The added support comes as Carter also announced Monday that 560 more U.S. troops will deploy to Iraq in coming weeks, primarily to reestablish an airfield seized Saturday by Iraqi security forces 40 miles south of the Islamic State-held city of Mosul. Carter offered the assistance of Army Lt. Gen. Michael H. Shields, director of the Joint Improvised-Threat Defeat Agency (JIDA), to Prime Minister Haider al-Abadi, and the Iraqi leader accepted.
“We did talk about detectors for the perimeter to provide security and detect explosives that are being introduced in Baghdad,” Carter told reporters. “We did talk about how to get them to detect the networks that build and deliver IEDs, and I offered him — and this is important — the help of the organization that we use and have used over the last years in both Iraq and Afghanistan to help U.S. forces to cope with the IED threat.”
Carter said that the commander of that effort — Shields, other defense officials confirmed — will soon travel to Baghdad to “bring to the Iraqi security forces that substantial experience and tradecraft that we learned by hard experience in both Iraq and Afghanistan.”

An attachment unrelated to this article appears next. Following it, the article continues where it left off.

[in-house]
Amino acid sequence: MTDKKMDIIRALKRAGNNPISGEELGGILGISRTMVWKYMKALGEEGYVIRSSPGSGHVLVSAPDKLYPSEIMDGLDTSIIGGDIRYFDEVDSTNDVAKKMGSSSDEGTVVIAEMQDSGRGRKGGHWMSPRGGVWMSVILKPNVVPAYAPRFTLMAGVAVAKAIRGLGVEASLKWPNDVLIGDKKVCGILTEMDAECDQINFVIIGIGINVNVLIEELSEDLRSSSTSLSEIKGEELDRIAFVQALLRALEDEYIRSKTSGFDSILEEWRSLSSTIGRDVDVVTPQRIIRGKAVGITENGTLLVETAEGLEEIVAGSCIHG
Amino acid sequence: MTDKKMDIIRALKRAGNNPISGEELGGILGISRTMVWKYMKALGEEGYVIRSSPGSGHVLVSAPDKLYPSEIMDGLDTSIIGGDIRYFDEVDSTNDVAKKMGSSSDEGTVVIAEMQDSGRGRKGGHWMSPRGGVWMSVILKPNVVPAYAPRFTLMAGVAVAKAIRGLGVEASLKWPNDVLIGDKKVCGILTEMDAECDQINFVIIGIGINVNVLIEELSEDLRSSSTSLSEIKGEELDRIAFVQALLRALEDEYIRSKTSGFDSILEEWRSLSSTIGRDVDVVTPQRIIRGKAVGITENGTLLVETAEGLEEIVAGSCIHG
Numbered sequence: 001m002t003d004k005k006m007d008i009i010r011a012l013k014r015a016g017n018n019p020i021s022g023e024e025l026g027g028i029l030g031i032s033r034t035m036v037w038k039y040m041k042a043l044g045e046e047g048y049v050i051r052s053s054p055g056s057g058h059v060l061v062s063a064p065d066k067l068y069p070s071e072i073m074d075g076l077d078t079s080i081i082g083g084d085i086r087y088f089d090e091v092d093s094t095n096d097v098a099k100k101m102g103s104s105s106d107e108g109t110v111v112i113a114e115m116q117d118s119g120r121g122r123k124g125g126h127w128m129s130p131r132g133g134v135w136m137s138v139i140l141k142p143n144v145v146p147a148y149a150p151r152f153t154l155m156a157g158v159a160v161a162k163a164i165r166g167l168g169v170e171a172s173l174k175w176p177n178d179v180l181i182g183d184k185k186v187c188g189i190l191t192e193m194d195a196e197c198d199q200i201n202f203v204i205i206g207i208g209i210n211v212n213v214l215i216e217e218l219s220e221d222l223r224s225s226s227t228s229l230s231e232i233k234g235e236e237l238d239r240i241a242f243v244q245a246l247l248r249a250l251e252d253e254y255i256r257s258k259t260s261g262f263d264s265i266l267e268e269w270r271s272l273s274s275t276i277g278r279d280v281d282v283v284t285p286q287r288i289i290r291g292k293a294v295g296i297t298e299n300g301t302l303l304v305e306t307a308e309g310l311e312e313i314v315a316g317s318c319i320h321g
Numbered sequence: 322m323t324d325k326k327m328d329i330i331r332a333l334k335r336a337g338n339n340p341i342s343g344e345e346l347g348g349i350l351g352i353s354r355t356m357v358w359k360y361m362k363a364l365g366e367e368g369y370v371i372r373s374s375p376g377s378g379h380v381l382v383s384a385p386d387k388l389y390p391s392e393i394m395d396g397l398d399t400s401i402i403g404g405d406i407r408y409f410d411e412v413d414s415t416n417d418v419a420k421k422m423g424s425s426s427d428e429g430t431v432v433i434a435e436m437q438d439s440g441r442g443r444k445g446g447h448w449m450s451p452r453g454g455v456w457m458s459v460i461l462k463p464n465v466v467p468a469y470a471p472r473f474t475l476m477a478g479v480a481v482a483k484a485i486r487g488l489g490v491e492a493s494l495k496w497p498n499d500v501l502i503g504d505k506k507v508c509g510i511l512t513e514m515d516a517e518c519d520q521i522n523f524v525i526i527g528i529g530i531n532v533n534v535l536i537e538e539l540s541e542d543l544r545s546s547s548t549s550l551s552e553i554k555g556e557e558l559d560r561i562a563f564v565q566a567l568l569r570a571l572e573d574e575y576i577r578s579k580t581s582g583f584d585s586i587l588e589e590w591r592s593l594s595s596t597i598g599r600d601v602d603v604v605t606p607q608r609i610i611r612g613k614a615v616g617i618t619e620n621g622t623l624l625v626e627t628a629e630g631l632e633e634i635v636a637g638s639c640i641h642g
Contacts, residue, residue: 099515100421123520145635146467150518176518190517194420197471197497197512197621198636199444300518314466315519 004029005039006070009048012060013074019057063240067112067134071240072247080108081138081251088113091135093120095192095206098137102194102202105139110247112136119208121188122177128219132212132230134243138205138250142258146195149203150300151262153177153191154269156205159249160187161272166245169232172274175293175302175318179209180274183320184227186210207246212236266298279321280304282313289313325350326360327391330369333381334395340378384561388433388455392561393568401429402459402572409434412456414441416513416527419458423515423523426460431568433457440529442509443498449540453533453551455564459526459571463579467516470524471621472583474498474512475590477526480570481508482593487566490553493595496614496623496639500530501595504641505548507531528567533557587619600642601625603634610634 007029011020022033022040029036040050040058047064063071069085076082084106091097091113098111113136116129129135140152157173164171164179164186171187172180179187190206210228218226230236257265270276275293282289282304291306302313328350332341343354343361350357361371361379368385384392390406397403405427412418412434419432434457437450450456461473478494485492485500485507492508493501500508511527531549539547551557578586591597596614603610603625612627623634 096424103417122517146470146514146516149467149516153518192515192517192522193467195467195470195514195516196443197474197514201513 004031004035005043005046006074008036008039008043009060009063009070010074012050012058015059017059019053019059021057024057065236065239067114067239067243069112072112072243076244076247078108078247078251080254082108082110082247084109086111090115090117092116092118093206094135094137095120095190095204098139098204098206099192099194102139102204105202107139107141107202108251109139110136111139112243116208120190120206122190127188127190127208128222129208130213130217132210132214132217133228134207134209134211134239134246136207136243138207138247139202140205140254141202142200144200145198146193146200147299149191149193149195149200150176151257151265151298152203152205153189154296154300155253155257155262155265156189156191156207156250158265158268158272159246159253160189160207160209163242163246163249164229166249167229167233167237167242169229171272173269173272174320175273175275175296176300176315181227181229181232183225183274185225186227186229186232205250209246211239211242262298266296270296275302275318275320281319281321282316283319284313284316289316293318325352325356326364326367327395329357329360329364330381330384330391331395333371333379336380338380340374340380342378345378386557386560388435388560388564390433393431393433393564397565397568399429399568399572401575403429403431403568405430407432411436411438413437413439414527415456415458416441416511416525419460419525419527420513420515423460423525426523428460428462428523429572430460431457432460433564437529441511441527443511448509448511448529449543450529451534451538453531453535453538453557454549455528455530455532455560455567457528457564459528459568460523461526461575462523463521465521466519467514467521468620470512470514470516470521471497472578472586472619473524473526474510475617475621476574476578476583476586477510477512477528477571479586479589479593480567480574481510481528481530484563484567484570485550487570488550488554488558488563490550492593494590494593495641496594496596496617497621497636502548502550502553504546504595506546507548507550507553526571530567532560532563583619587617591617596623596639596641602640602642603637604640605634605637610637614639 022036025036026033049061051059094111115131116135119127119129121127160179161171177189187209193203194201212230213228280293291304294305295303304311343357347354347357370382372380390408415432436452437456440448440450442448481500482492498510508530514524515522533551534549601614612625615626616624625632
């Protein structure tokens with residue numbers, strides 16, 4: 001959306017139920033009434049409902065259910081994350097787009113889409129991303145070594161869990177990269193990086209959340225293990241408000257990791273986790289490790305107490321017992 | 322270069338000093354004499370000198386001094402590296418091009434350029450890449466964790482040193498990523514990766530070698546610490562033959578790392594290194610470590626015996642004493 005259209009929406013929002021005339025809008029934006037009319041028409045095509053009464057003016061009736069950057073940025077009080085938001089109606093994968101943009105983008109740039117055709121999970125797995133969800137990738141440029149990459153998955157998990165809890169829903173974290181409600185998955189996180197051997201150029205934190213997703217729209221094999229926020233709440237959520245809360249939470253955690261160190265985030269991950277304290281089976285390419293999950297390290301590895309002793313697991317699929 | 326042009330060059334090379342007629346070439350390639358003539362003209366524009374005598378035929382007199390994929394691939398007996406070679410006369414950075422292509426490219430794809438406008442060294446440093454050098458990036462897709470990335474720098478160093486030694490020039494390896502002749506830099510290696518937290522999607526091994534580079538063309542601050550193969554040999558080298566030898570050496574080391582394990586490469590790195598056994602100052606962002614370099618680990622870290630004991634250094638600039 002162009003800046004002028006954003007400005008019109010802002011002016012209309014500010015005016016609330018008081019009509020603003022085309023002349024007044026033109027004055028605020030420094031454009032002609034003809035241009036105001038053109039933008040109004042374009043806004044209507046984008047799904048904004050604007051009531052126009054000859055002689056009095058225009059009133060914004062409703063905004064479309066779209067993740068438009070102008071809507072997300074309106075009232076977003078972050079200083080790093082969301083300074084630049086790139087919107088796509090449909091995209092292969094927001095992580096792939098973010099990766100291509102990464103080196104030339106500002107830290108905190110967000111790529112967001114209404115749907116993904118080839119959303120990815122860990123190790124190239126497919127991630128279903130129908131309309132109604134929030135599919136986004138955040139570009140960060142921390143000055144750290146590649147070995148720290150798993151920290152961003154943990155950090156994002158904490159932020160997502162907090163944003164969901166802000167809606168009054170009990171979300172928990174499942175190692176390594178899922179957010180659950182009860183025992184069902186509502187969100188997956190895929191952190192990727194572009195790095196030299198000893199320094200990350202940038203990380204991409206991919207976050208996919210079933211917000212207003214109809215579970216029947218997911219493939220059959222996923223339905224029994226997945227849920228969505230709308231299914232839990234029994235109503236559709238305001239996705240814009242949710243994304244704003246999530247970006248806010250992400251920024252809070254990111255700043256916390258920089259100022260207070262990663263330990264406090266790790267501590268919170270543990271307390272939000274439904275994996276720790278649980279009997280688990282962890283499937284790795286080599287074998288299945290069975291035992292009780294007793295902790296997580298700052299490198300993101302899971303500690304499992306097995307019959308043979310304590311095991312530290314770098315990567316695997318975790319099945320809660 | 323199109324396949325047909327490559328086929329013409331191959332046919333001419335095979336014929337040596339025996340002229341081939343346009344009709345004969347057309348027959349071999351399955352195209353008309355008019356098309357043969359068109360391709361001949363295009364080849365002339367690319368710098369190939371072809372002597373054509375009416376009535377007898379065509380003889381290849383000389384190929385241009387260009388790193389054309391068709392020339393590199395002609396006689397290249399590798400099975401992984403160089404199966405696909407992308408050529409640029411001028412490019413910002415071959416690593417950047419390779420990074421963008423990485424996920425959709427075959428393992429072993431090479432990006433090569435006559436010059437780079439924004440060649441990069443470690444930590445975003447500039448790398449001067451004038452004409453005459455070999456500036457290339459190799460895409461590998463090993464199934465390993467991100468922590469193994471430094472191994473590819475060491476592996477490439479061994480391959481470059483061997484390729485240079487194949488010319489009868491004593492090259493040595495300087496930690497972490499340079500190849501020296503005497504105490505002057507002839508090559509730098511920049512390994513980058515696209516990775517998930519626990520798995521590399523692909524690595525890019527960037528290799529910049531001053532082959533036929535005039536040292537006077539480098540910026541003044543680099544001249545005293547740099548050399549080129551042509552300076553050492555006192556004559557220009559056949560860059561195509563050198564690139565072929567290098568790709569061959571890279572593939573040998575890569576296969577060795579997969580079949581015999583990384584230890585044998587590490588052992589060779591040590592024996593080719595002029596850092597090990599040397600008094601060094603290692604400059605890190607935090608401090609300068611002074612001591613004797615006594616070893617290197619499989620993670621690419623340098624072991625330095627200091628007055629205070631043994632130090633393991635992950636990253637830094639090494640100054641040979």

JIDA was established in 2006 under the name Joint Improvised Explosive Device Defeat Organization (JIEDDO). It includes not only military officials but also scientists and other specialists who look for innovative ways to detect and render harmless various bombs. The organization will take yet another name, Joint Improvised-Threat Defeat Organization (JIDO), in October as a result of language in the 2016 National Defense Authorization Act.
Carter’s offer comes after a July 3 bombing in central Baghdad that killed at least 292 people, the biggest bombing attack ever by the Islamic State. Iraqi security forces had recently taken back from the Islamic State the city of Fallujah, west of Baghdad, in part to stop a wave of earlier bombings in the Iraqi capital this year.
The militants claimed responsibility for the bombing, saying they wanted to target Shiite Muslims who are at odds with them. U.S. intelligence officials have warned that the group will continue attacks abroad as it loses ground in Iraq and Syria, but the attacks also have repeatedly targeted Muslim civilians in the Middle East.
The bombings have put pressure on Abadi. Some Iraqis in Baghdad allege that corruption has played a role in vulnerabilities in the city’s security, citing fake bomb detectors that were used for years at checkpoints. Abadi recently ordered Iraqi forces to stop using them.
Carter did not provide additional specifics on what equipment the United States may provide to detect explosives. The United States uses a variety of means to do so, including radars, metal detectors and explosives-sniffing dogs. Many of the specifics are classified.
Correction: An earlier version of this story incorrectly identified the organization sending help to Baghdad. It changed its name to the Joint Improvised-Threat Defeat Agency (JIDA) in 2015.